CAN THE KETO DIET IMPROVE PCOS SYMPTOMS?
In all indications, diet changes and physical activity are lifestyle changes that are recommended for women with polycystic ovary syndrome, but some investigators have evaluated the effects of a ketogenic diet on some selected population of patients.
With this write up, we will see the outcome of the intervention.
According to a new study findings in the International
Journal of Environmental Research and Public Health, the ketogenic diet showed great promise as adjuvant treatment alongside pharmacological therapy in the treatment for women with polycystic ovary syndrome (PCOS), especially for women classified as obese.
Some common comorbidities that comes with of PCOS includes insulin resistance, dyslipidemia, and obesity. When these conditions are not managed effectively, they could increase the risk of diabetes and metabolic syndrome among women with the endocrine disorder.
In this study, seventeen women whose mean (SD) age was 28.5 (5.38) years (fertile age, according to the investigators) with PCOS and who were classified as obese (body mass index [BMI] > 25) were used; all were enrolled at the University Medical Service of Dietetic and Metabolic Diseases of the Faculty of Medicine and Surgery of the University of Foggia, in Italy.
The most therapeutic and suitable prescription with evidence for women who were obese and had PCOS was lifestyle correction according to this study. “This is the first study on the effects of the ketogenic diet on PCOS.” This type of diet adopted included one with increased fat intake, reduced carbohydrate intake, and adequate protein. For this study, daily intakes were set at 600 kcal for calories, 1.1 to 1.2 g of protein per kilogram body weight, 30 g for carbohydrates, and 30 g for fats.
“Following a 45-day dietary protocol, baseline/first visit findings were compared with 45-day/final visit results for gynecological evaluation of oligo/amenorrhea status, nutritional status, body composition, biochemical measurements, and diet administration.
The baseline overall average total body weight was 81.5 (13.56) kg and the baseline BMI, 31.84 (5.85) kg/m2”.
There were decreases in the following measures:
• Average weight: 9.4 kg (P < .0001)
• Average BMI: 3.6 kg/m2 (P < .001)
• Waist circumference: 9.4 cm (P < .001)
• Hip circumference: 8.1 cm (P < .001)
• Fat mass: 7.90 kg (P < .001)
• Free fat mass: 1.41 kg (P < .05)
• Muscle mass: 1.32 kg (P < .05)
• Total body water: 1.32 kg (P < .01)
• Basal metabolic rate: 67 kcal (P < .001)
There was improvements in several of the metabolic parameters (all P < .001) as shown below:
• Mean blood and urinary concentrations of ketones rose to 1.7 (0.58) mmol/L and 83 (54.34) mg/dL, respectively, from zero at baseline for both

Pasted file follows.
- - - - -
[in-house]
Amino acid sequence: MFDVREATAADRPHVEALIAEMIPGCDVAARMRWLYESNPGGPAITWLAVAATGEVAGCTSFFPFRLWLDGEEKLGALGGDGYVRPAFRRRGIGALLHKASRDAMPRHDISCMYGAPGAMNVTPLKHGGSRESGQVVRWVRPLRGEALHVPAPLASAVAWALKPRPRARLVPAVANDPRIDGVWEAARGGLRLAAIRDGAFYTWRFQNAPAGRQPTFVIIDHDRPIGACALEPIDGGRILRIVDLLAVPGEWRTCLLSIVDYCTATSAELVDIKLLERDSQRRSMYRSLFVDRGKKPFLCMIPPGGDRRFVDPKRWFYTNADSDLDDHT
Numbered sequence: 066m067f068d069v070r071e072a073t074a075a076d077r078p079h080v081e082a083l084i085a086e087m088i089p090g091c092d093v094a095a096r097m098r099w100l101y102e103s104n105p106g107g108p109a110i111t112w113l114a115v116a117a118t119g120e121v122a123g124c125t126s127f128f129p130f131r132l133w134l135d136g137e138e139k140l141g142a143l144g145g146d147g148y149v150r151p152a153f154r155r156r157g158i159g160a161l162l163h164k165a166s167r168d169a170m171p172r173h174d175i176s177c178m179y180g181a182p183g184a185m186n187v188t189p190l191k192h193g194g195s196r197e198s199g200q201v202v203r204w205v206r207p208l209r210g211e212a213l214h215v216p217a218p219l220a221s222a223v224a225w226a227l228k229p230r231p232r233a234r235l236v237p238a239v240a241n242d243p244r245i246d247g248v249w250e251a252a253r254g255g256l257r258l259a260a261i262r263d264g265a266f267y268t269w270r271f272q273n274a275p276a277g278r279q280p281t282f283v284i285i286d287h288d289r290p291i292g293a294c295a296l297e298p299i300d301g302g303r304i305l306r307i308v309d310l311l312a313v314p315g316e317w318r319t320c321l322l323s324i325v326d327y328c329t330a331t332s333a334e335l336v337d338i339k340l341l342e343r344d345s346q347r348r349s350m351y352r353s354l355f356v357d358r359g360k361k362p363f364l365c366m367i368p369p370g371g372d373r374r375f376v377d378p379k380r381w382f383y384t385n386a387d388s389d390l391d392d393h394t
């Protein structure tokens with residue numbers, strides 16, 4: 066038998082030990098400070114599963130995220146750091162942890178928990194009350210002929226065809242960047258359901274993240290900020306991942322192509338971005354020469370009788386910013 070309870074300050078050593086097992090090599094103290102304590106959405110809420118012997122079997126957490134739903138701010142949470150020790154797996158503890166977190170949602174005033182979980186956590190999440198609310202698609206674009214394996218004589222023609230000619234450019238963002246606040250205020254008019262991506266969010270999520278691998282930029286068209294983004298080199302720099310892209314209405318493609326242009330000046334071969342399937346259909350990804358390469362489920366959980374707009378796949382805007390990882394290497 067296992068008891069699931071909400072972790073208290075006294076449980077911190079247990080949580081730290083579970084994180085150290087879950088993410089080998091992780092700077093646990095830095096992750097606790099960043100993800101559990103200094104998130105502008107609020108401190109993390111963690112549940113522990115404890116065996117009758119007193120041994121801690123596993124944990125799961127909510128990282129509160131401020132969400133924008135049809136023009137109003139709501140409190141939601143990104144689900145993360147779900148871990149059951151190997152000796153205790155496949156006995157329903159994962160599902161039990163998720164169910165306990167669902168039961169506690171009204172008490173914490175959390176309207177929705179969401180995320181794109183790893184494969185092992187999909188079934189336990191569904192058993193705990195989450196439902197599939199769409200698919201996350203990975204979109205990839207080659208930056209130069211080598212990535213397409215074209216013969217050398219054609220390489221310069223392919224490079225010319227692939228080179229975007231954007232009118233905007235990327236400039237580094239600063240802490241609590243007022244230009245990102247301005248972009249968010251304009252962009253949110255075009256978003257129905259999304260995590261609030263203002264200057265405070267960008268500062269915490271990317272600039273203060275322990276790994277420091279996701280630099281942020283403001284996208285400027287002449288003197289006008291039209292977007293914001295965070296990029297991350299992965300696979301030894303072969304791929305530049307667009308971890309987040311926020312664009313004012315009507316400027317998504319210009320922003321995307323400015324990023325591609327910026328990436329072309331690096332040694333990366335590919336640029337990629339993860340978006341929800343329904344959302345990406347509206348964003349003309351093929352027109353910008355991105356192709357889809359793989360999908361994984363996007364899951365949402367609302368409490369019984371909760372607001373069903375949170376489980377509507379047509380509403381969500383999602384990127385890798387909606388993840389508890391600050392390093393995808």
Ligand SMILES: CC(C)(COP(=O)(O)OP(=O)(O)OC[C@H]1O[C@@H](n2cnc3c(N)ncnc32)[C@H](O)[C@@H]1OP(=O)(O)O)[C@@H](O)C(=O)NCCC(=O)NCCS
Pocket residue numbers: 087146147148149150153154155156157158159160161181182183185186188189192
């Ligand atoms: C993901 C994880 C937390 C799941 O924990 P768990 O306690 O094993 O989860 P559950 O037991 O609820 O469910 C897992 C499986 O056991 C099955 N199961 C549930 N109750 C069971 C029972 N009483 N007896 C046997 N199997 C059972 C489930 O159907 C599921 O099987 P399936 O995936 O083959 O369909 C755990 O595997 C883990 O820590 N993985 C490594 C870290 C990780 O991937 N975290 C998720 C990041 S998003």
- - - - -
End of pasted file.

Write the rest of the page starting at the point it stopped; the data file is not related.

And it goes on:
• Mean blood glucose decreased 10.07 mg/dL
• Blood insulin dropped 12.90 mcU/mL
• C-peptide blood concentration decreased 0.87 ng/mL
• Triglycerides fell to 70 mg/dL
• Total cholesterol dropped to 40 mg/dL
• LDL cholesterol dropped to 35 mg/dL
• HDL cholesterol rose to 15 md/dL
Changes in endocrine parameters, were recorded as:
• Luteinizing hormone (LH) decreased to 4.6 mIU/mL (P < .001)
• Free and total testosterone decreased to 0.17 and 7.34 ng/dL, respectively (P < .001)
• LH/follicle stimulating hormone (FSH) ratio decreased to 1.32, from 2.72 at baseline (P < .01)
• FSH value increased to 1.46 mIU/mL (P < .05)
• Sex hormone binding globulins 12.43 nmol/L (P < .001)
• Positive correlations were seen between LH/FSH and weight, BMI, and fat mass
• Negative correlations were seen between LH/FSH and weight, BMI, and fat mass
• Positive correlations were seen between glycemia and LH and FSH
• Negative correlations were seen between LH/FSH and glycemia
For some patients, say about 5 of them, regular menstrual cycles reappeared “after years of amenorrhea,” while for the other 12 patients, there was restoration of regular menstruation—5 of whom when on to become pregnant naturally.
According to recorded results, using the ketogenic diet alongside medical intervention was effective in managing PCOS. So, by reducing the amount of carbohydrates and inducing therapeutic ketosis, PCOS patients can have a better life as the diseases is also influenced by lifestyle.
Even though this study came out positive, it is important to note that it is the first ever of its kind and further studies are needed to elucidate the effects of the ketogenic diet and its mechanism.
Cincione RI, Losavio F, Ciolli, et al. Effects of mixed of a ketogenic diet in overweight and obese women with polycystic ovary syndrome. Int J Environ Res Public Health. Published online November 27, 2021. doi:10.3390/ijerph182312490